The Rough Magic production, which moves to the Abbey tomorrow, swept the board at the recent Irish Times/ESB theatre awards, and this added to the sense that something had come into its own. Could it be that Arthur Riordan's peculiar genius was turning into pure genius in front of our eyes; that we had a handle now on this slippery writer, with his delight in tricks, clues, puns, his ability to move between parody and homage, his particular, highly political world view?
The question you must ask of a talent this distinctive is, "Where did it come from?" to which the answer can only partly be "Fermoy". Even to his friends, he remains something of an enigma. Arthur Riordan is so quietly subversive and so self-deprecating that it is difficult not to refer to him by his first name; still, the time has come to afford him that honour, allowed to male tennis players and writers, of becoming his surname. It is what his work deserves.
Riordan's first play - and not a lot of people remember this - was produced in Player's Theatre in TCD (where I was also a student at the time). It was written in rhyming couplets, and it told the story of the early martyr and actor St Philemon. Since then, Riordan's shift into the mainstream has been steady, if slow. It began in 1983 when a marathon reading of Shakespeare's plays produced The Merchant of Ennis, in which Riordan played Shylock in the character of Eamonn de Valera.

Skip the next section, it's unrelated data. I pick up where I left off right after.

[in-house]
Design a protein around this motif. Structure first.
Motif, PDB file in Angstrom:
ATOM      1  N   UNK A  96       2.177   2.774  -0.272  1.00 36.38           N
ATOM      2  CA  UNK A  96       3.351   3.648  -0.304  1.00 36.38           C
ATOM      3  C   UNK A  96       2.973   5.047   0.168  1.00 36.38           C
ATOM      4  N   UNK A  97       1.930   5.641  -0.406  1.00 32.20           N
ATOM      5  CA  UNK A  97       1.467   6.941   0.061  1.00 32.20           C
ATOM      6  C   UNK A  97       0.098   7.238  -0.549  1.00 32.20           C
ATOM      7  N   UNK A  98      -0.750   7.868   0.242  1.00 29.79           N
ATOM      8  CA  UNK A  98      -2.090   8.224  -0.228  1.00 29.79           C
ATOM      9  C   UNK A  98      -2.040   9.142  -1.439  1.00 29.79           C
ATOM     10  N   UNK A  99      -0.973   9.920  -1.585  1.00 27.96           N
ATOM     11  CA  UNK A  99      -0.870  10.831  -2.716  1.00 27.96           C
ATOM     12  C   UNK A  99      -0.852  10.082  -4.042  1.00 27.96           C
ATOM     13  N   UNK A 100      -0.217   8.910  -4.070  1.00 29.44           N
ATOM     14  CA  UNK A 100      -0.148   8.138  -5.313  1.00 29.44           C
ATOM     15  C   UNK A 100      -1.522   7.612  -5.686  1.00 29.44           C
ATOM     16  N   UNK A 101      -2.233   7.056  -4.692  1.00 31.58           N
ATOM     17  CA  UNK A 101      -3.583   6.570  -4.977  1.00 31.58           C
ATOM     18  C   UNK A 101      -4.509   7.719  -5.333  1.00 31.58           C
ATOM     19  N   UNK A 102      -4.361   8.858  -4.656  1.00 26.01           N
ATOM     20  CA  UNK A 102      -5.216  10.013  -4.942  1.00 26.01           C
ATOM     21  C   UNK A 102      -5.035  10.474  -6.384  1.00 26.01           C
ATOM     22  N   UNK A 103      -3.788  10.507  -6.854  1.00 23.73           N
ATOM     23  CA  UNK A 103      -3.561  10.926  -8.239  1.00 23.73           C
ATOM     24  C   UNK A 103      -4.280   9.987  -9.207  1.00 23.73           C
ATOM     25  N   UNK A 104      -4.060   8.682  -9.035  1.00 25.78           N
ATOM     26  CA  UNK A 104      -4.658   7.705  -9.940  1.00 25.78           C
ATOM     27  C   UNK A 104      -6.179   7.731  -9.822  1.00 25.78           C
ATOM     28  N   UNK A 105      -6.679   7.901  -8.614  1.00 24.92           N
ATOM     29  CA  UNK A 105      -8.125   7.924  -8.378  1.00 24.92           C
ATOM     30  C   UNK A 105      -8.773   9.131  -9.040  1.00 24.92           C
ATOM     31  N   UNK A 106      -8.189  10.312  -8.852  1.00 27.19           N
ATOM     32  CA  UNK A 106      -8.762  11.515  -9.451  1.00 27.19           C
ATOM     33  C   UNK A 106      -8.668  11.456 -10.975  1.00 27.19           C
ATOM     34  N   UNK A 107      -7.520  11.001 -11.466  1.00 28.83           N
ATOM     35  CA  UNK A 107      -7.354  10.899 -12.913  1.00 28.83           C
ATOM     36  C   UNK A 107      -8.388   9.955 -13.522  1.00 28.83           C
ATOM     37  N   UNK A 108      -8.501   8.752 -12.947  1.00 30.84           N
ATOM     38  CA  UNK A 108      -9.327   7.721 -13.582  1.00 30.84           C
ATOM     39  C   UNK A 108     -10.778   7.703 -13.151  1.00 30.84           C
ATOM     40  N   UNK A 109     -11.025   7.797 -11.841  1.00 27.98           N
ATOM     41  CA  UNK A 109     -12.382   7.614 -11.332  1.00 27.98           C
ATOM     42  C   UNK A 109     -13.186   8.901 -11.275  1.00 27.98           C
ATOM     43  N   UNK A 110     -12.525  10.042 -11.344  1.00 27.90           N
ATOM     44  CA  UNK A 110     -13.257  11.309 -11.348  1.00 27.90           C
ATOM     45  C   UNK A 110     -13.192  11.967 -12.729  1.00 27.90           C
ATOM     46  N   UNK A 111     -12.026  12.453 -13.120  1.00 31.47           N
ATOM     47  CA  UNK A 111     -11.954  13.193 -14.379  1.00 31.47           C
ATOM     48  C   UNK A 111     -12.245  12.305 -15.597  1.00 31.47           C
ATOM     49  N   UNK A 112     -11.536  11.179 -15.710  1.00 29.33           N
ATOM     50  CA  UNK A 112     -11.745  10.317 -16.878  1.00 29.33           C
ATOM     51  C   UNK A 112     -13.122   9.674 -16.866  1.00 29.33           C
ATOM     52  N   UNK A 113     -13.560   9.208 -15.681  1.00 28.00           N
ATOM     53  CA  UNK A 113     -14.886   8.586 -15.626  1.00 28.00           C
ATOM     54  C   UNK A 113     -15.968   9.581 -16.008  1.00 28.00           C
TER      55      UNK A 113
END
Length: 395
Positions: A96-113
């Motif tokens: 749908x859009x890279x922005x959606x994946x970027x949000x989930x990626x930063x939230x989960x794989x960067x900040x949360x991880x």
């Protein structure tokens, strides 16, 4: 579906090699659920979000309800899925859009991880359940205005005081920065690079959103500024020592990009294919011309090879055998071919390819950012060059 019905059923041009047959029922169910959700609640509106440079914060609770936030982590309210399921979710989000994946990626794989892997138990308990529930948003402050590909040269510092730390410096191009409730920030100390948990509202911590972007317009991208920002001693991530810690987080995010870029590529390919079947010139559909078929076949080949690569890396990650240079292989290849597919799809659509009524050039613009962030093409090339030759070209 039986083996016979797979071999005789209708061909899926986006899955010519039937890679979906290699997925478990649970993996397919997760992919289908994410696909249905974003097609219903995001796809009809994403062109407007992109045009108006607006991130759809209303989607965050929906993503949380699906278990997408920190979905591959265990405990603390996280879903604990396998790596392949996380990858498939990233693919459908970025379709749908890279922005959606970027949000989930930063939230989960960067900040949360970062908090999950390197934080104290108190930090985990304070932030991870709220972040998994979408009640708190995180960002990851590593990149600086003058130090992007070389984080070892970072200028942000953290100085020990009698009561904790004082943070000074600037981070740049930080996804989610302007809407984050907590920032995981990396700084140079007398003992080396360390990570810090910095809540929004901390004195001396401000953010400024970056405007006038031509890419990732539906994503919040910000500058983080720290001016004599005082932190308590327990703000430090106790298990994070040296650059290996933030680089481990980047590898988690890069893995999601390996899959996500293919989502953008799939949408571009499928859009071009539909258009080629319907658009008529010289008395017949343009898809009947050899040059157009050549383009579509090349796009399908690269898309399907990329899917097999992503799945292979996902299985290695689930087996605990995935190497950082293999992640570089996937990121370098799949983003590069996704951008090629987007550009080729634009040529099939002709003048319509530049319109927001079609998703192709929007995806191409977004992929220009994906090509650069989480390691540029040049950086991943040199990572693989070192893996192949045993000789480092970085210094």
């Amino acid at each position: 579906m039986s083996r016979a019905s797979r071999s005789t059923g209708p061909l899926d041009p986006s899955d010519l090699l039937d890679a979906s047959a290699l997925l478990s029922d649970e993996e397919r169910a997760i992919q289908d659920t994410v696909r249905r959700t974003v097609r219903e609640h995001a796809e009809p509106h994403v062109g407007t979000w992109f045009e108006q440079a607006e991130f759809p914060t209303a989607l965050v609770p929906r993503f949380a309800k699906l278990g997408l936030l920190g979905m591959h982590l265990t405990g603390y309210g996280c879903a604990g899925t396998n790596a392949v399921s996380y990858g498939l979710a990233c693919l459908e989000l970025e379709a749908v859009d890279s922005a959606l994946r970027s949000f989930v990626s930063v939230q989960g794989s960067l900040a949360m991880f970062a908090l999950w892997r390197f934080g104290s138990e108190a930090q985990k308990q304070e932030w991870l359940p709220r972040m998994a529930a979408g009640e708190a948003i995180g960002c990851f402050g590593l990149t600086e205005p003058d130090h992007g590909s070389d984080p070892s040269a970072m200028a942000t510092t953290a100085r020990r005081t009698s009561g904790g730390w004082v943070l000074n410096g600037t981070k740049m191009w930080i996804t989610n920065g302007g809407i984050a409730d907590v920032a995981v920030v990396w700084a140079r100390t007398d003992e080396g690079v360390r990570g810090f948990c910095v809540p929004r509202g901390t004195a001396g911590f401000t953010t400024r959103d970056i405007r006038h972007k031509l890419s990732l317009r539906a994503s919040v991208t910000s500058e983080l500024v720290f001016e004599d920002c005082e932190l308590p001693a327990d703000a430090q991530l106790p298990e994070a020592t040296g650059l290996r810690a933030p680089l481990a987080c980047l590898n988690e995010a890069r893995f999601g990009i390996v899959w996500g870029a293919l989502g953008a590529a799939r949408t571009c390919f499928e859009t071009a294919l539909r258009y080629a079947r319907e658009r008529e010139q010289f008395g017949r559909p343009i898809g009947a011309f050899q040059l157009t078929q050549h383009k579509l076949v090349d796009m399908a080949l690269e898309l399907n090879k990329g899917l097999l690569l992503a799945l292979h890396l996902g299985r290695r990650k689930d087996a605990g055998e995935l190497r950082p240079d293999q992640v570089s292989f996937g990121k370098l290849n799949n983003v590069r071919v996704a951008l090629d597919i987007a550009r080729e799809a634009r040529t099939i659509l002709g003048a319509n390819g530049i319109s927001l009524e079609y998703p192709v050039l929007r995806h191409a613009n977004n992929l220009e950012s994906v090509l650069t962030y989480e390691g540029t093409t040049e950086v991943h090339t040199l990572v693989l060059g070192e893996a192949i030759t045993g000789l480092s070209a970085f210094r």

Waking up in a cold theatre at dawn, I remember walking across the cobbles of Front Square to the sound of, "My daughter, my ducats", and the sight of Arthur with his sloping nose and greatcoat - Dev to the life. There was something about the maddened parsimony of the Merchant that suited Dev perfectly - also the way he kept ordering people around all the time, and would not be thwarted.
Riordan has always played Dev with steely rage, an immovability, that turns the viewers into increasingly giddy children. By the time the sun was fully up, the rest of the cast was weak with the pure subversion of it. Dev however, was not weak. Dev, though defeated, remained unbowed.